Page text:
Microsoft Office Tutorials and References
In Depth Information
Offsetting a date using only work days
The WORKDAY function is the opposite of the NETWORKDAYS function. For example, if you start a project
on January 8, and the project requires ten working days to complete, the WORKDAY function can calculate the
date that you will finish the project.
The following formula uses the WORKDAY function to determine the date ten working days from January 4,
2013. A working day is a weekday (Monday through Friday).
=WORKDAY(“1/4/2013”,10)
The formula returns a date serial number, which must be formatted as a date. The result is January 18, 2013
(four weekend dates fall between January 4 and January 18).
The preceding formula may return a different result, depending on your regional date
setting. (The hard-coded date may be interpreted as April 1, 2013.) A better formula is
=WORKDAY(DATE(2013,1,4),10)
The second argument for the WORKDAY function can be negative. And, as with the NETWORKDAYS func-
tion, the WORKDAY function accepts an optional third argument (a reference to a range that contains a list of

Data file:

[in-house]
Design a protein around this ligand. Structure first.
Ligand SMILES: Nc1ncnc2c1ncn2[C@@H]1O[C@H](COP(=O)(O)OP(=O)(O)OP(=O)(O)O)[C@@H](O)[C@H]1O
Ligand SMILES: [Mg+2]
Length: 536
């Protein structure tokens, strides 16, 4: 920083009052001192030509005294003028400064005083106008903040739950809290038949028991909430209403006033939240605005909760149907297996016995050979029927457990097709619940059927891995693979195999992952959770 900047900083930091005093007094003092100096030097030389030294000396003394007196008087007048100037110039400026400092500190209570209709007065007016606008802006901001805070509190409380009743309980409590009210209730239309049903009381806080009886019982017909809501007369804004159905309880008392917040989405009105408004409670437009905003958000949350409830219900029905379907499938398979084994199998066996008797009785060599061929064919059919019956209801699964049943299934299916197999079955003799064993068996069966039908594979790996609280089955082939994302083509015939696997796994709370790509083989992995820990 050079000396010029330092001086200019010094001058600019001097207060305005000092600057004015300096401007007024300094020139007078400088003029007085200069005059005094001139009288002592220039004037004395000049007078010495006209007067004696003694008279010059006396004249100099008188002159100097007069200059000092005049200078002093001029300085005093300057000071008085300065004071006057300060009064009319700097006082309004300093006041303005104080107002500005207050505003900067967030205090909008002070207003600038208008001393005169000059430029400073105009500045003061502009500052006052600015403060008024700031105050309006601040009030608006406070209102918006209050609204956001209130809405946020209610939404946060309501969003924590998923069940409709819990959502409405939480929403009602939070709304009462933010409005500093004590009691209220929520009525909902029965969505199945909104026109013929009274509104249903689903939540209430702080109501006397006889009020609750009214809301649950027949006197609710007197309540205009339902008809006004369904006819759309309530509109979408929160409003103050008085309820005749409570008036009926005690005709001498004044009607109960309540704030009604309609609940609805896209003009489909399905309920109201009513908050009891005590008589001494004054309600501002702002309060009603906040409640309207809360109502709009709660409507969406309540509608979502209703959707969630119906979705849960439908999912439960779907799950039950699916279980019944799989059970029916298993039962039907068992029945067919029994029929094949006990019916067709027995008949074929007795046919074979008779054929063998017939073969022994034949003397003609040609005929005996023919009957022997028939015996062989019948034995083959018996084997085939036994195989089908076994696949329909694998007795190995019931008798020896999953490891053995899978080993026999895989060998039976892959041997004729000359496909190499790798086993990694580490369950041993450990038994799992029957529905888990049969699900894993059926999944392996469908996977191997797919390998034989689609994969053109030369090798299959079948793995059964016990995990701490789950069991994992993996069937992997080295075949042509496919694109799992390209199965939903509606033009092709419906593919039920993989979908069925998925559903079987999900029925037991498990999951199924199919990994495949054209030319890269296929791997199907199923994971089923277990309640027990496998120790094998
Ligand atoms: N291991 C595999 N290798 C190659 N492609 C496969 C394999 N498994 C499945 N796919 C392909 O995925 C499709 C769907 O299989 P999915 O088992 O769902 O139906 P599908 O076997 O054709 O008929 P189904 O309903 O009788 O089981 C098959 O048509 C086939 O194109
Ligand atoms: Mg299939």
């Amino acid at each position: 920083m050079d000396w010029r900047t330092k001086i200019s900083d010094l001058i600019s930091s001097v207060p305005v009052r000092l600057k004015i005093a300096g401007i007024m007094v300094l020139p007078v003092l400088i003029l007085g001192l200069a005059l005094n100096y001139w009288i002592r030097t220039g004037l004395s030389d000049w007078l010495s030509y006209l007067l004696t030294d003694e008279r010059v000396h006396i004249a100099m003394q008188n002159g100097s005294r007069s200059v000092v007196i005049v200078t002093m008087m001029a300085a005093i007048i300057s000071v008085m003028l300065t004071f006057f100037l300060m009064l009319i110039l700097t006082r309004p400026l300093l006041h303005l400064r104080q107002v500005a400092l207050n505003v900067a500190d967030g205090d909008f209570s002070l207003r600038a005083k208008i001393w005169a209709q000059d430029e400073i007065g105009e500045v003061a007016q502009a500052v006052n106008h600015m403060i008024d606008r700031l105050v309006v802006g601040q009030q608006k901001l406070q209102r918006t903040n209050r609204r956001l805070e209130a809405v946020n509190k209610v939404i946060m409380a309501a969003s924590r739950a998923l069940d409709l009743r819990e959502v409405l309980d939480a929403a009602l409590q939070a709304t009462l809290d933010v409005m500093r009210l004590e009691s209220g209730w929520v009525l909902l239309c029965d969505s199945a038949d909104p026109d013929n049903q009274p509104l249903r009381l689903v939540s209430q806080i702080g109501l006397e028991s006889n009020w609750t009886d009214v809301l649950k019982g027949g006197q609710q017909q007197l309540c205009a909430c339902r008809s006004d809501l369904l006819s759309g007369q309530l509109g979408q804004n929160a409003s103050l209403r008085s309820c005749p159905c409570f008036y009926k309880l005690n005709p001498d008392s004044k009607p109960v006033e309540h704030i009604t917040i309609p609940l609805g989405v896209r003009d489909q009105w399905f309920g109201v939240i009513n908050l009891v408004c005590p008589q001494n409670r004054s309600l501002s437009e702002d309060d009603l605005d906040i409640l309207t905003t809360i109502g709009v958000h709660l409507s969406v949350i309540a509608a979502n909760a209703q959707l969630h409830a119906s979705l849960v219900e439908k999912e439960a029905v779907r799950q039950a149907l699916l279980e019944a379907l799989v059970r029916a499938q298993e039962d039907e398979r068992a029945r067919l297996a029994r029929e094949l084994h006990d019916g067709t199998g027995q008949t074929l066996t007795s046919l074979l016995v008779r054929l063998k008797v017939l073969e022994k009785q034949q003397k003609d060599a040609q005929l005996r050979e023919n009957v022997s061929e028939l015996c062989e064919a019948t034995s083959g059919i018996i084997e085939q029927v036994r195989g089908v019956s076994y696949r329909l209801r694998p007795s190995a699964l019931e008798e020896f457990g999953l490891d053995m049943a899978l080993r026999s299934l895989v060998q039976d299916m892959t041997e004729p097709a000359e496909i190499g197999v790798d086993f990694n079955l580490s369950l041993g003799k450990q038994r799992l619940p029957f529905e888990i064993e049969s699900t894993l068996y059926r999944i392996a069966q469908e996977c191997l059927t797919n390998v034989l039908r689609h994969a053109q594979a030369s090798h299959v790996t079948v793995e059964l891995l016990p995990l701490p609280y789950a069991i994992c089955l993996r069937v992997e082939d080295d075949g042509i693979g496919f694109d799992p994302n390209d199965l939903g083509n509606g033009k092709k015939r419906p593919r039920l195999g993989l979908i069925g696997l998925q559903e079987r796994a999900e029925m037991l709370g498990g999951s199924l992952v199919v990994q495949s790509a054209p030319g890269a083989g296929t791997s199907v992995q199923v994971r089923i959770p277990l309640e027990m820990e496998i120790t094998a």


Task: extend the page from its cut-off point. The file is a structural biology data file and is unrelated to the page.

holiday dates).
Excel 2010 introduced an updated version of the WORKDAY function, named
WORKDAY.INTL. This newer version of the function is useful if you consider weekend
days to be days other than Saturday and Sunday.
Calculating the number of years between two dates
The following formula calculates the number of years between two dates. This formula assumes that cells A1
and B1 both contain dates:
=YEAR(A1)-YEAR(B1)
This formula uses the YEAR function to extract the year from each date and then subtracts one year from the
other. If cell B1 contains a more recent date than the date in cell A1, the result is negative.
Note that this function doesn't calculate full years. For example, if cell A1 contains 12/31/2012, and cell B1
contains 01/01/2013, the formula returns a difference of one year even though the dates differ by only one day.
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